Recent discussion on the numbers of women in leadership has returned to the idea of quotas – including this article:
I have often pondered why quotas are seen to be evil. Collectively, I think we believe that we are better than that given we all understand that women are equally as talented and educated as men in Australia today. Indeed several senior executives I have spoken too would acknowledge that women are frequently more competent and knowledgeable than men at the comparable level in their chosen fields.
My view is that we all like to believe change can happen organically as part of a natural progression, once we all recognise and acknowledge the obvious benefits. I don’t wish to feel constrained or dictated to by artificial quotas, targets or policies – I want the freedom to run my teams and businesses in the way I think is best – right person, right role, regardless of their gender, culture or lifestyle choices. So quotas – which are more carrot than stick – are in my view a motivation that can work. Much as I will tell my children they must eat 2 bites of broccoli before they have dessert. But the “broccoli quota” doesn’t actually make them like or appreciate broccoli, they just grit their teeth and get through it, or worse hide the green stuff in their pockets, with the ice cream at the end the reward.
I think any public discussion of these topics helps, but I draw the most inspiration where we seek to put responsibility for change in the hands of the individual. Recent references include Sheryl Sandberg & Adam Grant’s article:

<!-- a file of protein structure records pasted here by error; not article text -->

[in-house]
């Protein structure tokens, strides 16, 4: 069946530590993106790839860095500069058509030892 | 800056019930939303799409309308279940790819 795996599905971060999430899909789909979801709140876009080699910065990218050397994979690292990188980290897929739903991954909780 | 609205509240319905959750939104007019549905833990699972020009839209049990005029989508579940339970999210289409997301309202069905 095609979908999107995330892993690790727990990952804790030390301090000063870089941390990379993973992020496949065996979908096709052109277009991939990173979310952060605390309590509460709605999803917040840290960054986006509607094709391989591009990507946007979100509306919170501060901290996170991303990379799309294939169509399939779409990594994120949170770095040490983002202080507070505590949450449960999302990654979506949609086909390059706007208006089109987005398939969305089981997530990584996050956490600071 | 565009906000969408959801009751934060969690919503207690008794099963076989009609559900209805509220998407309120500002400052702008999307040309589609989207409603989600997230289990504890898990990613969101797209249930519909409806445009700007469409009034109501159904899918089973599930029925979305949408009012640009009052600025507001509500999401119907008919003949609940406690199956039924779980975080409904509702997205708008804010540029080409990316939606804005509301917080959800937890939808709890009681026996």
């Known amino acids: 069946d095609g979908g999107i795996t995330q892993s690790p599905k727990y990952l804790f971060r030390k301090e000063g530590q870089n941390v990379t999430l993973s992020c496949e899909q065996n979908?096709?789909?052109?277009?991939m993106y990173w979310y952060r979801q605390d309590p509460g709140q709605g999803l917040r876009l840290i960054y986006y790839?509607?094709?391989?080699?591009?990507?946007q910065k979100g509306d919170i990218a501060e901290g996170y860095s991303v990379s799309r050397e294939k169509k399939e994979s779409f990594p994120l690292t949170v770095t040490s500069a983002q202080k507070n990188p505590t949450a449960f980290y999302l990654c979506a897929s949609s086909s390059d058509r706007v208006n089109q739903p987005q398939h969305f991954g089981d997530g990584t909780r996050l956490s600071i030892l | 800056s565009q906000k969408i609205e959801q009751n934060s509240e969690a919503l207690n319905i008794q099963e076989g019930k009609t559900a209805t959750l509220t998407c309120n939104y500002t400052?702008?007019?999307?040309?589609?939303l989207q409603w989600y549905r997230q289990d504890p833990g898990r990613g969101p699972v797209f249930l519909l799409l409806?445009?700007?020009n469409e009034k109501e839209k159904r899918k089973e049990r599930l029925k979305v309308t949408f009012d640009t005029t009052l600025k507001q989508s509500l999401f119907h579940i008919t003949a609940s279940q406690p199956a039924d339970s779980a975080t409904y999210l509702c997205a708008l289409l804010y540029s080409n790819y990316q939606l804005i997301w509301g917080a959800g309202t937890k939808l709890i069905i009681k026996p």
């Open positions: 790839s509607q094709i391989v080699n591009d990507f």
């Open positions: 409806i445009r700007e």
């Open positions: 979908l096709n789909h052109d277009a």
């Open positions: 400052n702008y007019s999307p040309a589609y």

So I ask myself – what actions am I taking to be a catalyst for change? For a start I’m writing this blog, which is part of my commitment in 2014 to facilitate open discussion on the issue of women in leadership. I believe real, sustainable change will only happen when we all recognise the need for personal, individual responsibility, including calling out inappropriate behaviour when we see it. I am a fan of the sometimes controversial Male Champions of Change initiative, because it is leveraging the status of the current male dominated ranks of CEOs in corporate Australia to model behaviour and act as catalysts to initiate change – but as individuals taking responsibility upon themselves. So I will continue this year to create talking points wherever possible and progress my own career.
But I also recommend we keep an eye on the future and question the way we present ourselves to future generations. We all have the ability to act as role models day in, day out to not only our own kids but others we interact with, in both the ways we act and the things we say.
I was very proud of my teenage son when he announced last year he didn’t want me to buy Tim Tams anymore because he knew eating 2 packs a week was not healthy for him. He had taken responsibility for change himself. I was equally proud when he noted with horror that he had just realised how many mothers of his school mates didn’t work – but told me he thought it perfectly normal that I did. In fact he thought it was better for everyone! That moment melted away a decade of working parent guilt.
We should never underestimate the power of the individual – and neither should we abdicate responsibility for change to a system of quotas, targets or endorsement by senior leaders. We should all just walk the talk ourselves in whatever way we can, and remember that doing nothing is akin to endorsing the status quo.